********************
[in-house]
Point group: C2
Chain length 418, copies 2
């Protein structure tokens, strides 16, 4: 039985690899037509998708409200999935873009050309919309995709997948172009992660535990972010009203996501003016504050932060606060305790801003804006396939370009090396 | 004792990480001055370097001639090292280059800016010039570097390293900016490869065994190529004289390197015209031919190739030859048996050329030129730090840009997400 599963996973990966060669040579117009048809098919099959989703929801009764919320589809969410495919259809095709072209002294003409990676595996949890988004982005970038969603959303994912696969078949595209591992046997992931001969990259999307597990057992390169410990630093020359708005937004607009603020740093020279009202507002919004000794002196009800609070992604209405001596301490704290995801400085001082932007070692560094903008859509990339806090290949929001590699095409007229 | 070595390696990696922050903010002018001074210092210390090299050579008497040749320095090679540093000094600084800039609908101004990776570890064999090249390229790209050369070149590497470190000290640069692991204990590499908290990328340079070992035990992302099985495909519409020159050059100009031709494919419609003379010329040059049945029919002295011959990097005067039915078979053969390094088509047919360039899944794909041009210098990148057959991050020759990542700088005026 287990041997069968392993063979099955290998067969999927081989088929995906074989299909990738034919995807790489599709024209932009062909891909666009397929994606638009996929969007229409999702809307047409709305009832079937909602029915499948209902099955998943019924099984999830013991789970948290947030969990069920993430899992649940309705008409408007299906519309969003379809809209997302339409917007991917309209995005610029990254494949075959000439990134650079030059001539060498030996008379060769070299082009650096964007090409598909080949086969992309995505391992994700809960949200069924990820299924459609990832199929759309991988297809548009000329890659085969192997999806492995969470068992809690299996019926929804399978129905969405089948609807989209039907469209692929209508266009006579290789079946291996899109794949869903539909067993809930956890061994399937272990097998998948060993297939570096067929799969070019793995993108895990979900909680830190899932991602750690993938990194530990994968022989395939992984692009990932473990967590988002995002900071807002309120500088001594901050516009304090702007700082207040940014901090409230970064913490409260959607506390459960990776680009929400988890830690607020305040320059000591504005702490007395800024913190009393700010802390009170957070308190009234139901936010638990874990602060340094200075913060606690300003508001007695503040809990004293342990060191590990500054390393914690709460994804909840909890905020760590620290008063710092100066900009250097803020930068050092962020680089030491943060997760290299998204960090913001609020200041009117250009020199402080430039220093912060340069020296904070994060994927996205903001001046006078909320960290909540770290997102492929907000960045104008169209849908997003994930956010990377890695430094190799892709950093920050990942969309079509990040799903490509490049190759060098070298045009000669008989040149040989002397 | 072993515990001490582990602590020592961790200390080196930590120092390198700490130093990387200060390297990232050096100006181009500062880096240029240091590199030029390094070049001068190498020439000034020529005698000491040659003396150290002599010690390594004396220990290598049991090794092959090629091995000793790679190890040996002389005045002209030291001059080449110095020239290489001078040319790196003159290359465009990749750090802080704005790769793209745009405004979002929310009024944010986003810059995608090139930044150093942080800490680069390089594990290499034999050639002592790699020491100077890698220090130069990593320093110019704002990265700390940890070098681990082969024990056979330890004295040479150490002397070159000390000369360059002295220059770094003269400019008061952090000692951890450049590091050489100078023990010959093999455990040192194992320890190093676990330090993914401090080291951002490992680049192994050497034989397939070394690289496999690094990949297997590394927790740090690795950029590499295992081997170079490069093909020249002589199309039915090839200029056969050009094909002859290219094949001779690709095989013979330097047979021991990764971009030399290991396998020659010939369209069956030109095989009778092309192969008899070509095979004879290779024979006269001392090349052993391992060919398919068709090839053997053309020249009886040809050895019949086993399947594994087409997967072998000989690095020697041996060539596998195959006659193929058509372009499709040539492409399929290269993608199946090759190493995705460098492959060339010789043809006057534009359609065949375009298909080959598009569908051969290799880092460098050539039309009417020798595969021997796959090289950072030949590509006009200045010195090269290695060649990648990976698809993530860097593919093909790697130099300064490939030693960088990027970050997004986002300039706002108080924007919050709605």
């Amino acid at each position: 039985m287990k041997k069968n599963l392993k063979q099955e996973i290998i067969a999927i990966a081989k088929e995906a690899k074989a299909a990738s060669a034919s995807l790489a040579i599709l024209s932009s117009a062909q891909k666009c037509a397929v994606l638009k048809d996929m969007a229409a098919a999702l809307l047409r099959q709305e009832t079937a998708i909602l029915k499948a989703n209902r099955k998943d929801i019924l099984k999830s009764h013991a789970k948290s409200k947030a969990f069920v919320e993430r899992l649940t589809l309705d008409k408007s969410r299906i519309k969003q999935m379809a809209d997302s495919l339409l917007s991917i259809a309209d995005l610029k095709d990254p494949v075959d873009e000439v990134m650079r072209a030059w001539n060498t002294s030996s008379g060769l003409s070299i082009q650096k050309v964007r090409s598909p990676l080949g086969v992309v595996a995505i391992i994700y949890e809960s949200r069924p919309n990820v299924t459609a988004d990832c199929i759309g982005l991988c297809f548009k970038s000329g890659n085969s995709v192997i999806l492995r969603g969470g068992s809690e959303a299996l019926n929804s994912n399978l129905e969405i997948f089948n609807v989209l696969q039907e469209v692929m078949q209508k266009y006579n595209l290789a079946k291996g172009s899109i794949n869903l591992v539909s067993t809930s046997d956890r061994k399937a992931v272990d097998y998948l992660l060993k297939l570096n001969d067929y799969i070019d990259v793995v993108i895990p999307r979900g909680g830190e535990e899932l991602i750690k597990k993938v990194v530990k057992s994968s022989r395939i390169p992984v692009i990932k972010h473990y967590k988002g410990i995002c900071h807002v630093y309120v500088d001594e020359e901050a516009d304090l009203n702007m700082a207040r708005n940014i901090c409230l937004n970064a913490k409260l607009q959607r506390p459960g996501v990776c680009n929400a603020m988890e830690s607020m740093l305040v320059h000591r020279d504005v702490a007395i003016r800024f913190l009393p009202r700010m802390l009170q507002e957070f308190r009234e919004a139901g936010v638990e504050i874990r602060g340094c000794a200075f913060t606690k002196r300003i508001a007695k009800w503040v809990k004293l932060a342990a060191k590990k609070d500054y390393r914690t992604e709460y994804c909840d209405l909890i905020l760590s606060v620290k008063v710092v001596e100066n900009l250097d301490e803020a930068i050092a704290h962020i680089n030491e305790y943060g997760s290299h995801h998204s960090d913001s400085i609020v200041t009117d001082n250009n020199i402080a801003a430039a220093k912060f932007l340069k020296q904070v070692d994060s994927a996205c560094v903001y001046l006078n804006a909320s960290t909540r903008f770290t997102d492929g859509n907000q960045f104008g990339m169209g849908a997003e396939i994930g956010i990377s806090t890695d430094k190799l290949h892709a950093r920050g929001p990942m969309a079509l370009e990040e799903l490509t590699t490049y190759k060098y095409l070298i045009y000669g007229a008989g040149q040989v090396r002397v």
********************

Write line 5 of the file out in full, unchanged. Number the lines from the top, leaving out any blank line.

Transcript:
């Amino acid at each position: 039985m287990k041997k069968n599963l392993k063979q099955e996973i290998i067969a999927i990966a081989k088929e995906a690899k074989a299909a990738s060669a034919s995807l790489a040579i599709l024209s932009s117009a062909q891909k666009c037509a397929v994606l638009k048809d996929m969007a229409a098919a999702l809307l047409r099959q709305e009832t079937a998708i909602l029915k499948a989703n209902r099955k998943d929801i019924l099984k999830s009764h013991a789970k948290s409200k947030a969990f069920v919320e993430r899992l649940t589809l309705d008409k408007s969410r299906i519309k969003q999935m379809a809209d997302s495919l339409l917007s991917i259809a309209d995005l610029k095709d990254p494949v075959d873009e000439v990134m650079r072209a030059w001539n060498t002294s030996s008379g060769l003409s070299i082009q650096k050309v964007r090409s598909p990676l080949g086969v992309v595996a995505i391992i994700y949890e809960s949200r069924p919309n990820v299924t459609a988004d990832c199929i759309g982005l991988c297809f548009k970038s000329g890659n085969s995709v192997i999806l492995r969603g969470g068992s809690e959303a299996l019926n929804s994912n399978l129905e969405i997948f089948n609807v989209l696969q039907e469209v692929m078949q209508k266009y006579n595209l290789a079946k291996g172009s899109i794949n869903l591992v539909s067993t809930s046997d956890r061994k399937a992931v272990d097998y998948l992660l060993k297939l570096n001969d067929y799969i070019d990259v793995v993108i895990p999307r979900g909680g830190e535990e899932l991602i750690k597990k993938v990194v530990k057992s994968s022989r395939i390169p992984v692009i990932k972010h473990y967590k988002g410990i995002c900071h807002v630093y309120v500088d001594e020359e901050a516009d304090l009203n702007m700082a207040r708005n940014i901090c409230l937004n970064a913490k409260l607009q959607r506390p459960g996501v990776c680009n929400a603020m988890e830690s607020m740093l305040v320059h000591r020279d504005v702490a007395i003016r800024f913190l009393p009202r700010m802390l009170q507002e957070f308190r009234e919004a139901g936010v638990e504050i874990r602060g340094c000794a200075f913060t606690k002196r300003i508001a007695k009800w503040v809990k004293l932060a342990a060191k590990k609070d500054y390393r914690t992604e709460y994804c909840d209405l909890i905020l760590s606060v620290k008063v710092v001596e100066n900009l250097d301490e803020a930068i050092a704290h962020i680089n030491e305790y943060g997760s290299h995801h998204s960090d913001s400085i609020v200041t009117d001082n250009n020199i402080a801003a430039a220093k912060f932007l340069k020296q904070v070692d994060s994927a996205c560094v903001y001046l006078n804006a909320s960290t909540r903008f770290t997102d492929g859509n907000q960045f104008g990339m169209g849908a997003e396939i994930g956010i990377s806090t890695d430094k190799l290949h892709a950093r920050g929001p990942m969309a079509l370009e990040e799903l490509t590699t490049y190759k060098y095409l070298i045009y000669g007229a008989g040149q040989v090396r002397v």